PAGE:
How progressives in Congress can change the narrative and promote restraint and diplomacy
Wednesday, March 6, 2PM
Rayburn House Office Building, Room 2325
Free and Open to Public
[Closed to Press]
Hosted by Congressman Ro Khanna
Robert Malley, President & CEO, International Crisis Group
Peter Beinart, Contributing Editor at The Atlantic
Katrina vanden Heuvel, Editor & Publisher of The Nation Magazine, Washington Post Columnist
Andrew Bacevich, Professor Emeritus of Int’l Relations & History, Boston University
Trita Parsi, Founder of the National Iranian-American Council; Professor, Georgetown Univ. Walsh School of Foreign Service
As President Trump destabilizes America's role in the world, progressives have a unique opportunity to define a new foreign policy for America. But while the ascendant progressive movement in Congress has advanced a bold agenda on domestic policy, it needs to develop a cohesive and principled vision for the US role in international affairs. Polls indicate that Democrats support decreasing America’s military presence overseas and oppose higher military spending, as the price tag for the post-9/11 wars of $5.9 trillion dollars saps needed funding for our urgent domestic needs. As proponents of militarism are highly organized and well-funded, progressives need to unite around a powerful vision for restraint and diplomacy in order to prevail on key questions of international affairs.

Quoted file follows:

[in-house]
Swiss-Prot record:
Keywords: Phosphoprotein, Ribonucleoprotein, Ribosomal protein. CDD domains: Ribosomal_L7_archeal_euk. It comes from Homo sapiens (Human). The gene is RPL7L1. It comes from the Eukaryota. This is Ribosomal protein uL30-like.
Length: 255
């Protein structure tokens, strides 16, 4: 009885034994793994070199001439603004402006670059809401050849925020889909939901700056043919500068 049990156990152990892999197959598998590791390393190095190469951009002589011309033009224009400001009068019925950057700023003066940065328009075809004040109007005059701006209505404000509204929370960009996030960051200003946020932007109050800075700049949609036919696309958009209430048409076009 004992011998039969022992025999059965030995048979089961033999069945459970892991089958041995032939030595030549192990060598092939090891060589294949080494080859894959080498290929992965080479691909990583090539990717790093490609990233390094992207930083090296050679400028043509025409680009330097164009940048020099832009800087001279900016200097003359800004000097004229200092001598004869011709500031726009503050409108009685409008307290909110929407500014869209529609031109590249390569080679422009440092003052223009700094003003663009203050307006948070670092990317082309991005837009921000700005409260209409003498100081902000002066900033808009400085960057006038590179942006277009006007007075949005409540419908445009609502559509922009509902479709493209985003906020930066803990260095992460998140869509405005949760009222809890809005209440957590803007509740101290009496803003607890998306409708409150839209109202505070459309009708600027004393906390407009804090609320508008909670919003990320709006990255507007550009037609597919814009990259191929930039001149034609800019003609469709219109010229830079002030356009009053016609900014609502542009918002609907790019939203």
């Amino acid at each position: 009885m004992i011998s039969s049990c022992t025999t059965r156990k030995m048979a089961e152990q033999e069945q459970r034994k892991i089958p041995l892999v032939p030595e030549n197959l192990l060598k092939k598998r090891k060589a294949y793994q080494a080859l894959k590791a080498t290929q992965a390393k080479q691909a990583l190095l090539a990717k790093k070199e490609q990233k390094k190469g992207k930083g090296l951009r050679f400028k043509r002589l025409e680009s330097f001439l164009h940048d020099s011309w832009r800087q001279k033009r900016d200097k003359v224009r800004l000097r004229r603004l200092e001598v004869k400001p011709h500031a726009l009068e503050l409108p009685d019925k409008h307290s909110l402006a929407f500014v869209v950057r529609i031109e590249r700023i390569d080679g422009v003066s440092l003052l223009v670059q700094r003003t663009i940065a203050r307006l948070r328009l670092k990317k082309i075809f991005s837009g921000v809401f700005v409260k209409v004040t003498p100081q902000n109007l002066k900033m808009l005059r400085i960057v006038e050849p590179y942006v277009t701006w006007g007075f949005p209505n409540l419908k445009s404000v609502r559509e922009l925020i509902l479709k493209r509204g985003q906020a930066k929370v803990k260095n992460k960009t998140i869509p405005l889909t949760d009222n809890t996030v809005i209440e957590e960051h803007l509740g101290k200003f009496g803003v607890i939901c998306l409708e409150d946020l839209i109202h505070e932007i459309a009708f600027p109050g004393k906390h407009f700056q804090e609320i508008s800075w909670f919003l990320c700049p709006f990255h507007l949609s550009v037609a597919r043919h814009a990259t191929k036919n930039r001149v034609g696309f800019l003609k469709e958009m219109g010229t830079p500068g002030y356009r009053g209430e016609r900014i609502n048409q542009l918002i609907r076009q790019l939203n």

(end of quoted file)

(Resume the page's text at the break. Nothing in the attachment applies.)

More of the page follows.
The Trump Administration’s incoherent approach to foreign affairs presents additional challenges: he has sabotaged the nuclear deal with Iran, supported Saudi war crimes in Yemen, and threatened a US military intervention in Venezuela, while promoting dialogue with North Korea and disengaging militarily from Syria and Afghanistan. He appears extraordinarily close with Putin, while taking actions that are hawkish on Russia, including ratcheting up tensions by withdrawing from Reagan’s INFnuclear treaty, providing Ukraine with the lethal arms that Obama refused to send, and implementing sweeping sanctions against members of Putin’s inner circle.
Progressives in Congress have taken varying approaches to these developments. Congress reasserted its constitutional power over war by passing a historic, unprecedented War Powers Resolution to end the Trump Administration’s support for the brutal Saudi war in Yemen that has left millions on the brink of famine. Democratic leadership has firmly opposedTrump’s withdrawal from the IMF nuclear treaty. But in other instances, some Democrats have appeared to find common cause with neoconservatives who reject diplomacy, oppose the troop withdrawal from Syria, and support efforts led by John Bolton and Elliott Abrams to intervene in Venezuela.
This event will bring together leading commentators, experts, and activists for a discussion about how progressives can advance a steady vision for a foreign policy that combats dangerous Trump policies, provides principled and nuanced support for anti-interventionism, and creates a movement that can refocus our priorities on the urgent domestic needs of the war-weary American public.